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Manufactured By:
Globe Iron Works Co.
Minneapolis, MN; Menominee, WI

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Title: 1901 Article-Globe Iron Works, 4 H. P. White Gasolene Engine
Source: Gas Engine, V3, Feb 1901, pg. 49
Insert Date: 5/20/2018 9:21:52 PM

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A four-cycle engine no heavier than a two-cycle would appear to be an impossibility, yet at least one of the engines to be described in this article goes the two-cycle even better than an even thing in weight. But more of this later. The “White” engine illustrated and described on this and the following pages is made by The Globe Iron Works Co., Minneapolis Minn. Although this company manufacture both marine and stationary engines, space will not permit us to describe but the one type, the marine engine, in this issue.

For the smaller sizes, the White engine is made in the two-cycle type, and this style is illustrated in Fig. 1, which shows the exhaust side of the four-horsepower size. On this side of the engine may be seen the lever for operating the reversible propeller as well as a portion of the piping. As is shown in the illustration, the outlet water passes into the exhaust-pipe, assisting in keeping it cool and in deadening the noise. Two pumps are employed on this engine, one for furnishing water to the jacket, and the other for lifting the fuel to a constant-level reservoir from whence the supply is taken by the engine. Contrary to the usual custom, the gasoline is not taken into the crankcase, but it enters the by-pass between the crankcase and the cylinder, being drawn in by the suction of the air-draft as it passes through. By this method the amount of fuel is in direct proportion to the air supply, as the throttle is located between the crankcase and the fuel inlet. The advantages claimed for this method are that an explosion in the crankcase is made impossible, and that the gasoline does not mix with the lubricating oil and dilute it, thus preventing the letter from being splashed into the cylinder with the air. The piston is supplied with a peculiar form of hood which is said to compel the fresh charge to pass the entire length of the cylinder and back again before it can reach the exhaust-port, thus reducing to a minimum the danger of a back explosion.

All White engines of powers above six-horsepower are built in the four-cycle type, the sizes ranging in seven steps from six to thirty-two horsepower. The engines of 8, 12 and 16-horsepower are built with two cylinders, while four-cylinder engines comprise 16-, 24 and 32-horsepower sizes.

The two-cylinder 16-horsepower engine is illustrated in Fig. 2. This engine is rated at 16-horsepower when running at 350 r. p. m. The base is 22½ by 44 inches; diameter of flywheel, 27 inches, and weight, 1,450 lb. Compared with one of the best-known two-cycle engines of the same horsepower, having the same number of cylinders, and running at 380 r. p. m., this engine is lighter by 50 lb. This engine also uses the constant-level fuel reservoir and suction feed as in the two-cycle engine, the reservoir appearing in the out just aft of the exhaust opening. In this engine and in the two-cycle is employed a peculiar type of the push-rod igniter, which gives a slight rubbing action at each contact, thus tending to keep the contact surfaces clean. This igniter is that commented upon under the head of Recent Patents in our last issue and is No. 664,110. Aft of the cylinders may be seen the gears which operate the governor. A governor, it may be said, is quite frequently placed upon a marine engine in these days. The engine is, as is usual, run constantly in one direction, and a solid propeller is used which is reversed by means of a clutch and gears.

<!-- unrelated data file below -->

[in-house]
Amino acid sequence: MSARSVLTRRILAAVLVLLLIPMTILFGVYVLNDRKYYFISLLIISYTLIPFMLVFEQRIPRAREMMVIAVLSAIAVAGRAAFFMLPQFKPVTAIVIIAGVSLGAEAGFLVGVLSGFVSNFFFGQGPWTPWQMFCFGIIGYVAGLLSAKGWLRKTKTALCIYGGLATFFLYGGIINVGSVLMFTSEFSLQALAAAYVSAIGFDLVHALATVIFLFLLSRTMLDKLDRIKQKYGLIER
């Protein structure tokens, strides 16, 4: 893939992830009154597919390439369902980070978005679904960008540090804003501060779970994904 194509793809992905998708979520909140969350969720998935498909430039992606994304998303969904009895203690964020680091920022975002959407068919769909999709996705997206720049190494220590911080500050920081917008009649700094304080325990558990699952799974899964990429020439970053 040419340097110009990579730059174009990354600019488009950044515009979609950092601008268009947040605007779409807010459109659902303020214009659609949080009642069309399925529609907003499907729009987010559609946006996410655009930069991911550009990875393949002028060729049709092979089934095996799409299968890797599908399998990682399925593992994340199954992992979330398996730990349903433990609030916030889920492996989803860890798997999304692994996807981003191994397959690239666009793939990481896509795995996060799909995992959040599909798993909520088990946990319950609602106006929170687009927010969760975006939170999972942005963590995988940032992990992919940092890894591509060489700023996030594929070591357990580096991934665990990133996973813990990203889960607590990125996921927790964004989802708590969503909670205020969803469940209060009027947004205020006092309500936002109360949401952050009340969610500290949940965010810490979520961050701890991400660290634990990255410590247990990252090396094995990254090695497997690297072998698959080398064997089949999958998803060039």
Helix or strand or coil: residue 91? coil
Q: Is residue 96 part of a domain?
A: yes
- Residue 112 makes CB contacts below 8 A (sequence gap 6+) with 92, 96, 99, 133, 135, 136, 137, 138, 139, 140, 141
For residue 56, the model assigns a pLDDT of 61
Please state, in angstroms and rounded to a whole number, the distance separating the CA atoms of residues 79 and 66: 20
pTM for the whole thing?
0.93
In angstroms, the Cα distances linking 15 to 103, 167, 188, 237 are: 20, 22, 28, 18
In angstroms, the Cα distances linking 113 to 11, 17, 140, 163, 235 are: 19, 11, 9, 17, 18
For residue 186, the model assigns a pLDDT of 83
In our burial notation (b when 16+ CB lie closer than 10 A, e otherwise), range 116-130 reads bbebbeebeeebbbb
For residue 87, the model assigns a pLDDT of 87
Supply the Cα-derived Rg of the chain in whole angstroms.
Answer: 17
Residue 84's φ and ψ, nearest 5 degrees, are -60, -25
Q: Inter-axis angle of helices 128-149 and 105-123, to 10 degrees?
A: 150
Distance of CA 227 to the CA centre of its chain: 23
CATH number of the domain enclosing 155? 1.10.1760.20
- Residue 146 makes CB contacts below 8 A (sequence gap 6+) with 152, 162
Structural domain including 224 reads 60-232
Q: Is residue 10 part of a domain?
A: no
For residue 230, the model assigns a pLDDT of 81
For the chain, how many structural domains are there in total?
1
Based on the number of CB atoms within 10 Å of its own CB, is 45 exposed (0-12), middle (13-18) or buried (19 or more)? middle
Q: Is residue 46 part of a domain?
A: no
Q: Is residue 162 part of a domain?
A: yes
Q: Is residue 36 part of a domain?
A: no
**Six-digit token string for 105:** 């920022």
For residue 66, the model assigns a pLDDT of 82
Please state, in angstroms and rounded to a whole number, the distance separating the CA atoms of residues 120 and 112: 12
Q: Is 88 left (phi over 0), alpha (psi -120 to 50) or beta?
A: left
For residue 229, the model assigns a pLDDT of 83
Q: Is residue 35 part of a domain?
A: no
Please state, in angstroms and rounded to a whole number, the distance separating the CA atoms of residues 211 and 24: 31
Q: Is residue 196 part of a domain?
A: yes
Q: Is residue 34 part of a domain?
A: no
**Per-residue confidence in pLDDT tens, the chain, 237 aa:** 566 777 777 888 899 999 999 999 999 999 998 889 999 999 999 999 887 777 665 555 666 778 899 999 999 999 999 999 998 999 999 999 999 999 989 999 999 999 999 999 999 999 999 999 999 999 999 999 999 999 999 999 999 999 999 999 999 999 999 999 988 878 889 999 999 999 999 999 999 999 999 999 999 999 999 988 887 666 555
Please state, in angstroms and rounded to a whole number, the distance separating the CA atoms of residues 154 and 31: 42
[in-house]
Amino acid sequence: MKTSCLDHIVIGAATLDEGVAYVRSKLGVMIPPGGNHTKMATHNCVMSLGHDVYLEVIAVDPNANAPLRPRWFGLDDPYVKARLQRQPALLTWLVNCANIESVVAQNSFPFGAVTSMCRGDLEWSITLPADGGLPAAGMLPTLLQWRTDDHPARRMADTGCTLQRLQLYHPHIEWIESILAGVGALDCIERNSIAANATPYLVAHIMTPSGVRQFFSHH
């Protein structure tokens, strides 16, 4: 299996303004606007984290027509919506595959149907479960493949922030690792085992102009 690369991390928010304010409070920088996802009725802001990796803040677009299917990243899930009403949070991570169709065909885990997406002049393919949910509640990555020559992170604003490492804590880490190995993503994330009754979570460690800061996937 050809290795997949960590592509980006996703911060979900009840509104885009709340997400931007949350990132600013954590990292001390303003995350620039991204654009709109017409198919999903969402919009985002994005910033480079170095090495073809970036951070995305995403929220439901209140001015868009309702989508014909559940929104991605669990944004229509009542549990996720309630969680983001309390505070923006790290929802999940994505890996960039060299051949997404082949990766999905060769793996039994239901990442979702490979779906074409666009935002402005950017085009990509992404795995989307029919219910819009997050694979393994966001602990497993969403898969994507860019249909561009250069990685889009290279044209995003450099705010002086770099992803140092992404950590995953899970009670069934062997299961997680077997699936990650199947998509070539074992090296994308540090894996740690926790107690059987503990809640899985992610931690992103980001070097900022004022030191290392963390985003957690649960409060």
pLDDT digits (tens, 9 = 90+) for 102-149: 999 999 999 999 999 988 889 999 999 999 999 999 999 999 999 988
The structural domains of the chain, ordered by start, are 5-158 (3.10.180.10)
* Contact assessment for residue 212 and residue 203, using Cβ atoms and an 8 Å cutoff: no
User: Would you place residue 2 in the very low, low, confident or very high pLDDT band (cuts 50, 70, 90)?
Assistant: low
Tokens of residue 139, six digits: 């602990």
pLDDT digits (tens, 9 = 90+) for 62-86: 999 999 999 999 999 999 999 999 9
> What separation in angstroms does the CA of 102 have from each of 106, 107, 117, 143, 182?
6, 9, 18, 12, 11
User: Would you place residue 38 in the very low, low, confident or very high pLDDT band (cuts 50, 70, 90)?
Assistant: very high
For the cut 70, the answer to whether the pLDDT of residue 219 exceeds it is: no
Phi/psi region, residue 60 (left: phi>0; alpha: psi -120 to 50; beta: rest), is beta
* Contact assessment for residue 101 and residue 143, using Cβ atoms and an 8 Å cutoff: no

The port side of the four-cylinder, 32-horsepower engine is shown in Fig. 3. With the exception of having four cylinders, this engine-is in other respects the same as the 16-horsepower. It runs at 300 r. p. m., has a base.22§‘by 62 inches, a flywheel 27 inches diameter, and the total weight is 2,700 lb. Comparing this weight with a two-cycle engine of equal power, we do not find a four-cylinder, two-cycle engine, but a thirty-horsepower, two-cylinder engine of this type running 300 r. p. m., weighs 3,000 lb., and another make under the same conditions weighs 2,600 lb., while a two-cycle, three-cylinder running at 340 r. p. m weighs 2,900 lb.

Whether the engine loses or gains in other respects by sacrificing weight it is not in our province to discuss, as this point is one for the selling agent. That this point is one which is discussed considerably is shown by the fact that one manufacturer is advertising his engine as the heaviest on the market.
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1901 Globe Iron Works, 4 H. P. White Gasolene Engine
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1901 Globe Iron Works, 16 H. P. White Gasolene Engine
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1901 Globe Iron Works, 32 H. P. White Gasolene Engine
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